I crossed a continent, an ocean, and an island and now that I stood at last within the unthinkably ancient ring of stones reared by my forgotten forebears, all I heard in the well of my own soul was the echo of the well-cover when I drew it back. I hitched up my pack, struck my crude walking stick against the wet grass, and headed for the little local museum.
Stepping inside, I found I could proceed no further. The Avebury museum was manned by an elderly gentleman in a dark blue suit. His white hair neatly slicked back, his face arranged in an expression of professional hospitality, he was attempting to elucidate the exhibits for an American couple. Since my fellow Americans blocked the way, I could do nothing but pull off my mist-dampened slouch cap and wait.
Looming over the English curator, the elderly American demanded through loose lips, “What’s so special about this place, huh?”
“Well,” smiled the curator, “Avebury is the largest stone circle in the world…”
“Saw it. Is this the whole town?”
“The modern town of Avebury sits entirely within the ring of …”
“What’s the museum for?” The American angrily shook England’s October chill from his Hawaiian shirt. His voice dripped with contempt for a country whose temperature failed to fit his tourist’s uniform.
The curator replied patiently, “We house a small collection of artifacts discovered…”
Out thrust the American’s finger. “What’s this?”
“I’m glad you noticed that display. This…”
“It’s a rock. We have rocks at home. We don’t build museums for ‘em. Do you have anything good?”
Before the curator could indicate his prize display, the tourist declared, “I’ve seen it.” The Ugly American turned his back and shoved past me out the door, his wife remora-like at his side.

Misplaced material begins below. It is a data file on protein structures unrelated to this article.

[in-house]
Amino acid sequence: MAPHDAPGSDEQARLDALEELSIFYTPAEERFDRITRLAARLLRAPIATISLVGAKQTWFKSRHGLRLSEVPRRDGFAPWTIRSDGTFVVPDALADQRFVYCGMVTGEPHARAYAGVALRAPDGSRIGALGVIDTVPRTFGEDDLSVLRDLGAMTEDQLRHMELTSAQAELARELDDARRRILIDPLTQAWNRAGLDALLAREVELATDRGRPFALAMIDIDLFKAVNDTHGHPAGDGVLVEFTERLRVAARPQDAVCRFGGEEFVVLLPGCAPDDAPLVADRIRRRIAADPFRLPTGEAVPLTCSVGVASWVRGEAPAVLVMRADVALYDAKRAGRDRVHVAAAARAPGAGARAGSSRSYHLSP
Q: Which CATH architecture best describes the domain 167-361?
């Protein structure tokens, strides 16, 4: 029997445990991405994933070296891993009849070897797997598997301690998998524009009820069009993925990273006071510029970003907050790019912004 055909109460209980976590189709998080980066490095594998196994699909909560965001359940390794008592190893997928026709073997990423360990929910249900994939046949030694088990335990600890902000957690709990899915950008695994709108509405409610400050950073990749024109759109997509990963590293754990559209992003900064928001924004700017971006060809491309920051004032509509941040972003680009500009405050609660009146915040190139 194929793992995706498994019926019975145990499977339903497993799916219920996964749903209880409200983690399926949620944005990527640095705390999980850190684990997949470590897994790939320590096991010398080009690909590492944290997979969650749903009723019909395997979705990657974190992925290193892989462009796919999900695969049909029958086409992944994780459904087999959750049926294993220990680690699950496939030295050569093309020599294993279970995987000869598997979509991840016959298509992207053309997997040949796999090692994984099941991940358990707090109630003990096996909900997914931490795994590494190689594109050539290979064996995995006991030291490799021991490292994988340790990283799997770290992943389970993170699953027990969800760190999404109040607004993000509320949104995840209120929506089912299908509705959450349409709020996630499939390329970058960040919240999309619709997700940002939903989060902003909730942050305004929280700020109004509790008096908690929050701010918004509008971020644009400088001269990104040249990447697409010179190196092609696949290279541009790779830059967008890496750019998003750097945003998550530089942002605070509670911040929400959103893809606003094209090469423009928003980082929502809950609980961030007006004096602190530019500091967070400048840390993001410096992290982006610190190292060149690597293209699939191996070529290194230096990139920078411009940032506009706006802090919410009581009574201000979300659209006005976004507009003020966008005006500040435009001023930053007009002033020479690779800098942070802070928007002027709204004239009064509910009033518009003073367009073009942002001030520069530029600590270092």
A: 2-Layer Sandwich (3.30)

The curator turned his eyes on me, propped up his smile, and nodded in greeting. I admired his resilience — something I had long lost.
“Is there anything I can help you with?” he asked, glancing over my army surplus ski-jacket, weathered jeans, and rough shoes.
I took off my glasses and polished the mist from them. Not trusting contact lenses on a rough trip, I wore an
old-fashioned pair of sturdy black frames. I had stopped shaving the day I quit my job and it suddenly occurred to me that I had not seen another bearded man since I had arrived on the island — as if I needed an appearance guaranteed to distance me further from those around me. But I was not thinking of appearances when I withdrew my savings, tossed a few things in an old army backpack, and flew away over the great Californian desert, across the wide states, and over the rough Atlantic, reversing the course of my westward-driven forebears.
Embarrassed at seeing myself through the curator’s eyes, I was about to demur, but considering the brush-off the man had just received, I changed my mind, saying, “Actually, yes. I’m particularly interested in the excavation of the West Kennet Long Barrow.”
The curator’s smile became genuine and he swiftly ushered me to a series of photographs of neatly stacked finger bones and skulls within the Long Barrow. The more questions I asked, the happier my white-haired acquaintance became.